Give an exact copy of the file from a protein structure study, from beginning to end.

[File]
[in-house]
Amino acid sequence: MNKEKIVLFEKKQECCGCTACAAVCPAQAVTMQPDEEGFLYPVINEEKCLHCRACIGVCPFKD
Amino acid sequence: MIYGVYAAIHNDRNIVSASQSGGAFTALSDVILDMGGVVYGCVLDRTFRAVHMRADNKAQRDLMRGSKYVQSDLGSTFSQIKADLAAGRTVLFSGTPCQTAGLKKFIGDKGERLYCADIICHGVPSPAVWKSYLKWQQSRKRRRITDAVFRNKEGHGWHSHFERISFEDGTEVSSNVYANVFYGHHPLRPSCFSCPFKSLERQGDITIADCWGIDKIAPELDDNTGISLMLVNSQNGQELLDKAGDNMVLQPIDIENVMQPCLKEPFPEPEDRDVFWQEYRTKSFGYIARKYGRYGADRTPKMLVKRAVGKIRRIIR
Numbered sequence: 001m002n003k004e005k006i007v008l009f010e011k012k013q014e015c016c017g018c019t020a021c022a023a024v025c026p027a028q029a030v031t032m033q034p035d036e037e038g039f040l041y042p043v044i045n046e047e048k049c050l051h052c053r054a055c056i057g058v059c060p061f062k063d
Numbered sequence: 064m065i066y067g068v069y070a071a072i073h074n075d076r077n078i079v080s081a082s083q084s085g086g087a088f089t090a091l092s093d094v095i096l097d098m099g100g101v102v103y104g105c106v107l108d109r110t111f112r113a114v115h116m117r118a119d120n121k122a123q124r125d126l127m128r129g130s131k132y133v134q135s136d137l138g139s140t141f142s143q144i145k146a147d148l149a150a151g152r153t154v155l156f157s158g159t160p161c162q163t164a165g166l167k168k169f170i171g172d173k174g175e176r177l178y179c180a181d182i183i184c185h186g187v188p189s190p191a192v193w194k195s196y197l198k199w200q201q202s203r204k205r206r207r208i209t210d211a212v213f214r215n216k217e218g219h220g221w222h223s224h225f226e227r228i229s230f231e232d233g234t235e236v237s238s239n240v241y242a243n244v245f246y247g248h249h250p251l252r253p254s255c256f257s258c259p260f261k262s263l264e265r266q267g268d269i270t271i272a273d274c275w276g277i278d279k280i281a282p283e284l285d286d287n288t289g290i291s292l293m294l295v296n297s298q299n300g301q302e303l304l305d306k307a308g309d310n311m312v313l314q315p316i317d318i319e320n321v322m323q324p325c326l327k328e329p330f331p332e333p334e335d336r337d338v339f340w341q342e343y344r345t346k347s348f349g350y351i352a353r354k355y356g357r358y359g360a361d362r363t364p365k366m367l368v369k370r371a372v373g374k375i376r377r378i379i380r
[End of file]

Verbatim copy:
[in-house]
Amino acid sequence: MNKEKIVLFEKKQECCGCTACAAVCPAQAVTMQPDEEGFLYPVINEEKCLHCRACIGVCPFKD
Amino acid sequence: MIYGVYAAIHNDRNIVSASQSGGAFTALSDVILDMGGVVYGCVLDRTFRAVHMRADNKAQRDLMRGSKYVQSDLGSTFSQIKADLAAGRTVLFSGTPCQTAGLKKFIGDKGERLYCADIICHGVPSPAVWKSYLKWQQSRKRRRITDAVFRNKEGHGWHSHFERISFEDGTEVSSNVYANVFYGHHPLRPSCFSCPFKSLERQGDITIADCWGIDKIAPELDDNTGISLMLVNSQNGQELLDKAGDNMVLQPIDIENVMQPCLKEPFPEPEDRDVFWQEYRTKSFGYIARKYGRYGADRTPKMLVKRAVGKIRRIIR
Numbered sequence: 001m002n003k004e005k006i007v008l009f010e011k012k013q014e015c016c017g018c019t020a021c022a023a024v025c026p027a028q029a030v031t032m033q034p035d036e037e038g039f040l041y042p043v044i045n046e047e048k049c050l051h052c053r054a055c056i057g058v059c060p061f062k063d
Numbered sequence: 064m065i066y067g068v069y070a071a072i073h074n075d076r077n078i079v080s081a082s083q084s085g086g087a088f089t090a091l092s093d094v095i096l097d098m099g100g101v102v103y104g105c106v107l108d109r110t111f112r113a114v115h116m117r118a119d120n121k122a123q124r125d126l127m128r129g130s131k132y133v134q135s136d137l138g139s140t141f142s143q144i145k146a147d148l149a150a151g152r153t154v155l156f157s158g159t160p161c162q163t164a165g166l167k168k169f170i171g172d173k174g175e176r177l178y179c180a181d182i183i184c185h186g187v188p189s190p191a192v193w194k195s196y197l198k199w200q201q202s203r204k205r206r207r208i209t210d211a212v213f214r215n216k217e218g219h220g221w222h223s224h225f226e227r228i229s230f231e232d233g234t235e236v237s238s239n240v241y242a243n244v245f246y247g248h249h250p251l252r253p254s255c256f257s258c259p260f261k262s263l264e265r266q267g268d269i270t271i272a273d274c275w276g277i278d279k280i281a282p283e284l285d286d287n288t289g290i291s292l293m294l295v296n297s298q299n300g301q302e303l304l305d306k307a308g309d310n311m312v313l314q315p316i317d318i319e320n321v322m323q324p325c326l327k328e329p330f331p332e333p334e335d336r337d338v339f340w341q342e343y344r345t346k347s348f349g350y351i352a353r354k355y356g357r358y359g360a361d362r363t364p365k366m367l368v369k370r371a372v373g374k375i376r377r378i379i380r